Lead Story…. In the midst of the Great Recession, delinquencies spiked on all types of consumer debt as unemployment rose and wages stagnated or fell. Then, starting in roughly 2011 delinquencies began to fall on mortgages, car loans and credit card debt as the economy continued its slow but steady recovery. The improvement in consumer credit default rates happened across the board with one very notable exception: student loans. The United States economy is trapped between a rock and a hard place when it comes to student debt. On one hand, the return on investment for a college education is still excellent when compared to only having a high school degree. On the other, the ballooning amount of debt is an economic drag that is only getting worse and will continue to act as an impediment to both consumption and investment for those encumbered with it. Josh Mitchell of the WSJ wrote an article last week entitled The Rise of the Jumbo Student Loan which contained some very disturbing facts about the growth in high balance loans (emphasis mine):
During the housing boom of the 2000s, jumbo mortgages with very large balances became a flashpoint for a brewing crisis. Now, researchers are zeroing in on a related crack but in the student debt market: very large student loans with balances exceeding $50,000.
A study released Friday by the Brookings Institution finds that most borrowers who left school owing at least $50,000 in student loans in 2010 had failed to pay down any of their debt four years later. Instead, their balances had on average risen by 5% as interest accrued on their debt.
As of 2014 there were about 5 million borrowers with such large loan balances, out of 40 million Americans total with student debt. Large-balance borrowers represented 17% of student borrowers leaving college or grad school in 2014, up from 2% of all borrowers in 1990 after adjusting for inflation. Large-balance borrowers now owe 58% of the nation’s $1.4 trillion in outstanding student debt.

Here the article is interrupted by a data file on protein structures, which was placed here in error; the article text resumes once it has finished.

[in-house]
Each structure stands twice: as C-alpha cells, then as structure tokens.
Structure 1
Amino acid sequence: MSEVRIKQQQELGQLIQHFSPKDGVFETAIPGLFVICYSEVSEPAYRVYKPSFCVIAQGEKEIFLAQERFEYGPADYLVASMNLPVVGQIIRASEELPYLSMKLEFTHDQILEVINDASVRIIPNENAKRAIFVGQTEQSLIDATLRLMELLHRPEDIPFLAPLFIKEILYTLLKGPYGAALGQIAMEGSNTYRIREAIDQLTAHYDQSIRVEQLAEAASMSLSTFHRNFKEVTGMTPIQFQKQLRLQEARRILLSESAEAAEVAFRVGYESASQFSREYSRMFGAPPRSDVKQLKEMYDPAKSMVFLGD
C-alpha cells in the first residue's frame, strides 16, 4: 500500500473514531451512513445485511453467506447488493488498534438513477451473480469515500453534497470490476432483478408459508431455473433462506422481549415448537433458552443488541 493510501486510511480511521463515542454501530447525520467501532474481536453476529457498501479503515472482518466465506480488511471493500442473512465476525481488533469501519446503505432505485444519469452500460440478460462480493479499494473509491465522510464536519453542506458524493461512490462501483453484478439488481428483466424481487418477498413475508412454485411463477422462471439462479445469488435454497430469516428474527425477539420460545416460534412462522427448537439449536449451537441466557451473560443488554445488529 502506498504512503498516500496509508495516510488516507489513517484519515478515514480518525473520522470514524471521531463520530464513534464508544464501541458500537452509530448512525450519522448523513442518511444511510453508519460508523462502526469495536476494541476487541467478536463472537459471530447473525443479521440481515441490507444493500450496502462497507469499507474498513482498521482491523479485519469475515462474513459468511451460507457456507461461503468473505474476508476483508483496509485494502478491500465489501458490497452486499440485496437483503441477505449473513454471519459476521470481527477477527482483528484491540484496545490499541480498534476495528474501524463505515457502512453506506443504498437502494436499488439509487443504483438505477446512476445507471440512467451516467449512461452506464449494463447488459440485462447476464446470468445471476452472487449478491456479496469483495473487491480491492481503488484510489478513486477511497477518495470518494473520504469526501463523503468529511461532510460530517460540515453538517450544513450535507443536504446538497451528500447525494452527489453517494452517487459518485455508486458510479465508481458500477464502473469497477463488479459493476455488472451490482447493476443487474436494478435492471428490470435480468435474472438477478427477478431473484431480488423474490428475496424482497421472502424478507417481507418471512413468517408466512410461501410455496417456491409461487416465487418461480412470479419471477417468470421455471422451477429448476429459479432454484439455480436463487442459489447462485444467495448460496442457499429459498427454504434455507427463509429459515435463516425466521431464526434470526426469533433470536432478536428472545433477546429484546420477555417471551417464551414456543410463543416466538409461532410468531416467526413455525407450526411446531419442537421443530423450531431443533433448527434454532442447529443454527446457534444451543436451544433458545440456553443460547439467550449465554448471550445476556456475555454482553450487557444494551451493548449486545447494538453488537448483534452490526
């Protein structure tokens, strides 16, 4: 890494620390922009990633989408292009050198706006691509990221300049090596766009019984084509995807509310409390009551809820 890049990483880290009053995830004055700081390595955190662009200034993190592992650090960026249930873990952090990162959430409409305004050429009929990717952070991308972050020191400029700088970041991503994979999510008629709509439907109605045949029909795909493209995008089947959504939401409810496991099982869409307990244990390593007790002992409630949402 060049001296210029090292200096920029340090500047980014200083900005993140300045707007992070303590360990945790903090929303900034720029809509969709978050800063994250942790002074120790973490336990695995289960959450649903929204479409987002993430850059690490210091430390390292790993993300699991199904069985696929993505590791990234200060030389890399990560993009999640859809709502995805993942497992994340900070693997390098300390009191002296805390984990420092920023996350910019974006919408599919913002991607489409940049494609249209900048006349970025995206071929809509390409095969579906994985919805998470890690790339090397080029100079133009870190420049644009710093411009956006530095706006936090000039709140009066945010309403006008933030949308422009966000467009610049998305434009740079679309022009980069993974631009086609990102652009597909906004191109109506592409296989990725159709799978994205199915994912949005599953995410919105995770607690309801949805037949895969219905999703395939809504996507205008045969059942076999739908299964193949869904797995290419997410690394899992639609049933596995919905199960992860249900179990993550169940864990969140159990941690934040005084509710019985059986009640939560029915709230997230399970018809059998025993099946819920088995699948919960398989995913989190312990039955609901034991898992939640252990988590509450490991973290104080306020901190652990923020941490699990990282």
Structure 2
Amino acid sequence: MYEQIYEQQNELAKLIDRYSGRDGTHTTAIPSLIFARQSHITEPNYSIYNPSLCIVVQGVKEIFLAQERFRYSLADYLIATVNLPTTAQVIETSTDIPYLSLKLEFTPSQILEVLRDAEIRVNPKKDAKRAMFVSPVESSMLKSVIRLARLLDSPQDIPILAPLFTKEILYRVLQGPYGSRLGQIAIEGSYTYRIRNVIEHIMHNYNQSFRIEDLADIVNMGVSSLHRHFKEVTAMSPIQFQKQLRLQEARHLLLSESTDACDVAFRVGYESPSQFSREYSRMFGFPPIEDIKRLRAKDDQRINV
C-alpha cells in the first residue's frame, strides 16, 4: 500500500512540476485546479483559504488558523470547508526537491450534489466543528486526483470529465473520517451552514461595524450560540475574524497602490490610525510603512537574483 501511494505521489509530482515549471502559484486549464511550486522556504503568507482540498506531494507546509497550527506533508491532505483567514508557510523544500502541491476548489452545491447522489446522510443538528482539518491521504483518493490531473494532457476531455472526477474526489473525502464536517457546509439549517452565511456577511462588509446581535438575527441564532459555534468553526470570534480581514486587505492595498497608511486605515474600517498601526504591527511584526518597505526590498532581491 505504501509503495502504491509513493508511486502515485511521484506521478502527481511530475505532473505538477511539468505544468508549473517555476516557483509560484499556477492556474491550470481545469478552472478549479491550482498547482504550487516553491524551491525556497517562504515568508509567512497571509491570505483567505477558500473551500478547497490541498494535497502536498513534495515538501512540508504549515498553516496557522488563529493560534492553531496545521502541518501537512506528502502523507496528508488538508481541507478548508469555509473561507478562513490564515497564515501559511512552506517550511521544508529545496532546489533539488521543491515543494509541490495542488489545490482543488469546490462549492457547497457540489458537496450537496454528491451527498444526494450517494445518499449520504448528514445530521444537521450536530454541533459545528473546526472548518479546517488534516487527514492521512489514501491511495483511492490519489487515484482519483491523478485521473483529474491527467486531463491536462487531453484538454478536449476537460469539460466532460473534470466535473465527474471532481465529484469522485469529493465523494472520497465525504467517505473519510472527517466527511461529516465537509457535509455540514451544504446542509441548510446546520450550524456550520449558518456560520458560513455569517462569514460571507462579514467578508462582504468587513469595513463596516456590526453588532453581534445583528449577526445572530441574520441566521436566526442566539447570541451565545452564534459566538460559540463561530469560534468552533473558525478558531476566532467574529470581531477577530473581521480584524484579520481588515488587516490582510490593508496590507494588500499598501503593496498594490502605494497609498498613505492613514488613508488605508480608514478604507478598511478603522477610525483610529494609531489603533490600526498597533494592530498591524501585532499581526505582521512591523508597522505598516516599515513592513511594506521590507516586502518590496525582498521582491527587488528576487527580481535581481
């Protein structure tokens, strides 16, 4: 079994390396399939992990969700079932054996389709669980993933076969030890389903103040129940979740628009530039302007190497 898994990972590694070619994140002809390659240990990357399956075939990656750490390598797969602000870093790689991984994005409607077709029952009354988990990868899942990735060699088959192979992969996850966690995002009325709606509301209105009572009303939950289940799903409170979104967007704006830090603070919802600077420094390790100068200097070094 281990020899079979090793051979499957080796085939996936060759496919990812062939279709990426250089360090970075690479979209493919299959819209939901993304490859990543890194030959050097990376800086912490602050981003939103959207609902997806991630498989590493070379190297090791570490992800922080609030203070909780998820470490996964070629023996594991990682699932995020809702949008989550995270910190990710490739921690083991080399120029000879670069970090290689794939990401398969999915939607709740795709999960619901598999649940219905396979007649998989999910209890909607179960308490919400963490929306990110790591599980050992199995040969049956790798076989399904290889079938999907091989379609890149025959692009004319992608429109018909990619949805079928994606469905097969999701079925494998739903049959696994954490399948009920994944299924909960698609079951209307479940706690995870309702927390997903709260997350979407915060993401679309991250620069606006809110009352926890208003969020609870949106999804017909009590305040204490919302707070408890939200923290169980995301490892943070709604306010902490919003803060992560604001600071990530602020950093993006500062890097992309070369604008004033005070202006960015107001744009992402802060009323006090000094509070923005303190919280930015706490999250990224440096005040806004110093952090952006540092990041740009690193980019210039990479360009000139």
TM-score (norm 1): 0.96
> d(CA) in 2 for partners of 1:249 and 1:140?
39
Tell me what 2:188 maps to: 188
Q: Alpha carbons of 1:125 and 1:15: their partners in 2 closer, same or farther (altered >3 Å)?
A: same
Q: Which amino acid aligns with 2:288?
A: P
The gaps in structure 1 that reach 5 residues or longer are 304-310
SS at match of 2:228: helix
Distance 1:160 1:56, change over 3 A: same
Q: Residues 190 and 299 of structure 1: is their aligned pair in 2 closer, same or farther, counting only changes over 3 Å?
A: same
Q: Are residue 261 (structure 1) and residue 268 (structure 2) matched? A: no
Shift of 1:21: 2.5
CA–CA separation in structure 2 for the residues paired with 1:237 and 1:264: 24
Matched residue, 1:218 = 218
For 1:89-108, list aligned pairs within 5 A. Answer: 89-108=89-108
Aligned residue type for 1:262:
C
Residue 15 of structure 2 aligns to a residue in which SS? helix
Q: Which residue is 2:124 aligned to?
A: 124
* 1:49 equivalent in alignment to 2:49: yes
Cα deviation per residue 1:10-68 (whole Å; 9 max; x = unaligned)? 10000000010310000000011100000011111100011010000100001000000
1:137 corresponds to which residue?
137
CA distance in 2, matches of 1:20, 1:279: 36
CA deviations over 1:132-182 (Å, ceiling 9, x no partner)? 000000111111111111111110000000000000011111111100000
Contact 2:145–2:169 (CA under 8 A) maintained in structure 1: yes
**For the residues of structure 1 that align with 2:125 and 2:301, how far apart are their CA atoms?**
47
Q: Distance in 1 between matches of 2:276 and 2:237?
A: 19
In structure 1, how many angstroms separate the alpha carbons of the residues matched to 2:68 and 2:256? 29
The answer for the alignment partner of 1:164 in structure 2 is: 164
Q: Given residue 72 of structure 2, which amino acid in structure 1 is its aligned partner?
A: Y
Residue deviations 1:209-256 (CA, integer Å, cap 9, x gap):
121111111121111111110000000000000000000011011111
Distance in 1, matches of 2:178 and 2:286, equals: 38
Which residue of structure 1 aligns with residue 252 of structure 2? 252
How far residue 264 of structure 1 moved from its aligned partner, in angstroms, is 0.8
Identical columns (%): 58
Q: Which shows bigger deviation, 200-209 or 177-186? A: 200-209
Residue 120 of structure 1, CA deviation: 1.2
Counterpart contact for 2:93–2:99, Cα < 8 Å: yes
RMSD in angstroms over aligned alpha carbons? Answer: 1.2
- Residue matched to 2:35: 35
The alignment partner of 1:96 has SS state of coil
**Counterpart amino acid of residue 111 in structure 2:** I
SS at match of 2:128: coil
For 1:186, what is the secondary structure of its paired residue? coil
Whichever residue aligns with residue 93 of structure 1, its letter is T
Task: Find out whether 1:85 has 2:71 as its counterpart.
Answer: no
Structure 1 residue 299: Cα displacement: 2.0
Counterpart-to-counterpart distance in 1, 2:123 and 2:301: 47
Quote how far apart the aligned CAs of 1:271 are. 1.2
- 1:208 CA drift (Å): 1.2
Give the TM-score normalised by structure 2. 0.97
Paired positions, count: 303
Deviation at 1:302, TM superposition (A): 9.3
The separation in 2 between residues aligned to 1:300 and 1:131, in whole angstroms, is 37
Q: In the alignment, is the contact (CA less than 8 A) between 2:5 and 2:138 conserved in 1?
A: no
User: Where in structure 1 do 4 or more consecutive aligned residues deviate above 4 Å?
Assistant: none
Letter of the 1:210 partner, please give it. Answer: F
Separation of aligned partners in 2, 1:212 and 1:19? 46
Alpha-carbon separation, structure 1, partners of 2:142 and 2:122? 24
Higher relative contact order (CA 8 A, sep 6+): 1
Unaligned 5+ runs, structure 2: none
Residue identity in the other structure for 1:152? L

The most disturbing part about these debts increasingly not getting paid down – in fact principal balances are rising thanks to interest accrual – is that it is happening during a time of economic growth. I hate to think what this would look like if we were in a recession. Perhaps the second most disturbing part is that this isn’t just an issue with students at low-end for-profit colleges or those with bullshit majors that result in employment as a highly educated barista. In fact, the problem is particularly bad among grad school students and alums. Again, from the WSJ (emphasis mine):
The problem is particularly acute among borrowers from graduate schools, who don’t face the kinds of federal loan limits faced by undergraduate students. Half of today’s big balance borrowers attended graduate school. The other half went to college only or are parents who helped pay for their children’s education.
Grad school borrowers tend to be among the best at paying off student debt because they typically earn more than those with lesser degrees. But the rising balances unearthed in the latest study suggest that pattern might be changing.
Overall across the U.S., one-third of borrowers who left grad school in 2009 hadn’t paid down any of their debt after five years, compared to just over half of undergraduate students who hadn’t, federal data show.
Mr. Yannelis and Mr. Looney, a former Treasury Department official under President Barack Obama, built the research out of exclusive access to federal student-loan and tax data.